Soybeans As an Energy Feedstock

Nature doesn't waste anything. Why should we?
Make biodiesel and create a scale model of an anaerobic digester, while investigating bioenergy and how it is produced.


Some of these lessons were created in partnership with The Works: Ohio Center for History, Art & Technology.

Teacher background

Bioenergy is a kind of renewable energy made available by converting one form of chemical energy, from a biological source, to a more usable energy. Typical biomass includes agricultural wastes, municipal sewage and solid waste, industrial and forestry wastes, animal manure and crop residues. The energy harvested from these resources can be converted into fuels such as biogas, biodiesel, and bioethanol. Because bioenergy comes from renewable sources, it will never run out. It presents a possibility for a sustainable way of providing fuel for a community. Bioenergy production yields little or no chemical pollutants, so it has minimal impact on the environment. Growing more biomass for bioenergy and consuming less fossil fuel reduces greenhouse gas emissions. Moreover, bioenergy is usually more reliable than solar or wind energy since the energy is captured and stored in the bioenergy itself, while solar and wind energy must be stored within other media. In addition, bioenergy can be produced using organic waste material that would otherwise have to be discarded. Using organic waste to produce energy not only produces renewable energy, it reduces the cost of disposing the waste and reduces or eliminates the need for landfill of the waste. In Sweden, where anaerobic digestion is in full operation, there are no landfills.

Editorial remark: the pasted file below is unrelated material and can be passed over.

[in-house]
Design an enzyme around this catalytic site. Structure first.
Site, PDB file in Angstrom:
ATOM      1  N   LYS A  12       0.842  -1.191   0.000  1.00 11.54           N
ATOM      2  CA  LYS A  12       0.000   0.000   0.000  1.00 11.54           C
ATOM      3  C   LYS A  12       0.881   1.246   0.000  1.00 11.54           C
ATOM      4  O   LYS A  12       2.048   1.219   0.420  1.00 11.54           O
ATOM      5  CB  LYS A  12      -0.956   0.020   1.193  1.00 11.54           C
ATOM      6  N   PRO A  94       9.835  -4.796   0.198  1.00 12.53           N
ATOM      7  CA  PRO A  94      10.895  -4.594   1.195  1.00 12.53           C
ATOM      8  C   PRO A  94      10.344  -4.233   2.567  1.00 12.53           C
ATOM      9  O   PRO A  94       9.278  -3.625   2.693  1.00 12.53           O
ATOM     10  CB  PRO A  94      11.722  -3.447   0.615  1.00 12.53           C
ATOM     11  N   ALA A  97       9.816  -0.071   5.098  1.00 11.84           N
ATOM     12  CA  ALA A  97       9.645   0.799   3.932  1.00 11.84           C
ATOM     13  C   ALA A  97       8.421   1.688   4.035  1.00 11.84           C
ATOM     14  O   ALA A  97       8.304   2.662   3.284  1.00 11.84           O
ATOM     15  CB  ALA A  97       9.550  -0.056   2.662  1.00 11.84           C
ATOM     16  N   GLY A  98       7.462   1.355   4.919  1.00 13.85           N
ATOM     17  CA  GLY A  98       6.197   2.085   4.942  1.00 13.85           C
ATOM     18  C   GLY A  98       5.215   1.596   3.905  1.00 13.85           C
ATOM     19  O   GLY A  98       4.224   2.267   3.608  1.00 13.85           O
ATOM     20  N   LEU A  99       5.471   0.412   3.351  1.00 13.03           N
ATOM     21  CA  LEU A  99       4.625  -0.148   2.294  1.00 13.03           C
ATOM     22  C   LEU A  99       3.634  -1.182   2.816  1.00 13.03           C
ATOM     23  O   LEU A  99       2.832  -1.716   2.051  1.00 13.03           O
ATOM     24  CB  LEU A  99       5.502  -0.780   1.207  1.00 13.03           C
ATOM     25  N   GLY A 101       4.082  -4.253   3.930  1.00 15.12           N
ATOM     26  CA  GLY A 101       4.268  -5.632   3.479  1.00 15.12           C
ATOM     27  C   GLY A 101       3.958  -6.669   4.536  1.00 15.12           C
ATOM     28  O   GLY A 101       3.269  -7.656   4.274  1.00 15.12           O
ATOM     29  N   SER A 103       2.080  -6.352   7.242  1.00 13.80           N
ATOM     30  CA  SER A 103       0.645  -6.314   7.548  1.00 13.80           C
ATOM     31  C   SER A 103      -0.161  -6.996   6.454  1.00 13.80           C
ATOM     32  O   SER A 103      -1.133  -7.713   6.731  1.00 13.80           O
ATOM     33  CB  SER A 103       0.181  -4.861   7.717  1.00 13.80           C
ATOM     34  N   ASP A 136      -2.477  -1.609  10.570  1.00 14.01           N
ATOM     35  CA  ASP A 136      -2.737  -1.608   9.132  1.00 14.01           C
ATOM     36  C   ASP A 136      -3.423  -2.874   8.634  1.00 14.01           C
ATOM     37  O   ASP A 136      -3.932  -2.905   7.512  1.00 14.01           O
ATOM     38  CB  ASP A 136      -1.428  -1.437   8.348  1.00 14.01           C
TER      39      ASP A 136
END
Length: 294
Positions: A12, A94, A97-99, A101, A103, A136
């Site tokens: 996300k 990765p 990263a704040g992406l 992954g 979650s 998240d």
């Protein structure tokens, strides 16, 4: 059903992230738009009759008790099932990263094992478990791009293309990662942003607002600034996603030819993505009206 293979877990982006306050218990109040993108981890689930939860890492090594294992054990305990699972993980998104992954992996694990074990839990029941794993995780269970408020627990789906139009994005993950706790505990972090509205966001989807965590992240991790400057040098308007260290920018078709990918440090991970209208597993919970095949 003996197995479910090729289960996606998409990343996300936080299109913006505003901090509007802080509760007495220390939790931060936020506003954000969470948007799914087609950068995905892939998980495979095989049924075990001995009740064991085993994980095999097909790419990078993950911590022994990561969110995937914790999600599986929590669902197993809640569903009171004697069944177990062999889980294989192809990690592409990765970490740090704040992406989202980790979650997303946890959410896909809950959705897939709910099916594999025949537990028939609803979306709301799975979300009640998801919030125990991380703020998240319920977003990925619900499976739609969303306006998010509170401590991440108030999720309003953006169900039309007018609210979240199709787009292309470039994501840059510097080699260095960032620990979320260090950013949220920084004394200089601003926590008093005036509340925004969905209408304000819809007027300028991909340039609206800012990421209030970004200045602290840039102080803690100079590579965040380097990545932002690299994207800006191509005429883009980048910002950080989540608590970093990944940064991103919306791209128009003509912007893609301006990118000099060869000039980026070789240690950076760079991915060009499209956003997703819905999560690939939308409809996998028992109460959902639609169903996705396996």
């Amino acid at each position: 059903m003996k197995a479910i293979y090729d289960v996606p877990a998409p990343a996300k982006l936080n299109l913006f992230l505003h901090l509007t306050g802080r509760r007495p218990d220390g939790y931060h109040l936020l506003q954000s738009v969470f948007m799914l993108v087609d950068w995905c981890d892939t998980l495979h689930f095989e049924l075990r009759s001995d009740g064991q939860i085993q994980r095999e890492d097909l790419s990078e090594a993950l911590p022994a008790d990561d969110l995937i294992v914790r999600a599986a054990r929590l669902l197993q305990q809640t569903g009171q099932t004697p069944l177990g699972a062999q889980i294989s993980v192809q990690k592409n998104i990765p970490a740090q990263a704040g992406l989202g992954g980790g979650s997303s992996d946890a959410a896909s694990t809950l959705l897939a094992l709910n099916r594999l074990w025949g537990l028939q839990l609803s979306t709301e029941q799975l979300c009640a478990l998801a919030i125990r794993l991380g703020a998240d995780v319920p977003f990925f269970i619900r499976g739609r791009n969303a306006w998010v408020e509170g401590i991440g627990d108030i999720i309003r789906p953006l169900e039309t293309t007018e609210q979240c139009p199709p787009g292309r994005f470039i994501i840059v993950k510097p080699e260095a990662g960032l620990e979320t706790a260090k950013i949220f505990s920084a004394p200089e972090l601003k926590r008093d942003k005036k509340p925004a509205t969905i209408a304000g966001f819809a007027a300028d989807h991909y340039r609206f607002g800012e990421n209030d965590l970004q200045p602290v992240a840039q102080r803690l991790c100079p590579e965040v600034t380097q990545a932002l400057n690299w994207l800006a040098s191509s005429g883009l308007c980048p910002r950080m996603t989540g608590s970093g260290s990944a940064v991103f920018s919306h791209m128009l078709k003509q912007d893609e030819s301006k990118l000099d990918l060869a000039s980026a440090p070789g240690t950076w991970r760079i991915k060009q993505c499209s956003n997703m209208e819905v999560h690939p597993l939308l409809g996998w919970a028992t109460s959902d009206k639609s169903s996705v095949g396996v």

Curriculum author

Andrea Harpen

Chemistry and Physics Teacher at Blanchester High School at Blanchester High School.




blog comments powered by Disqus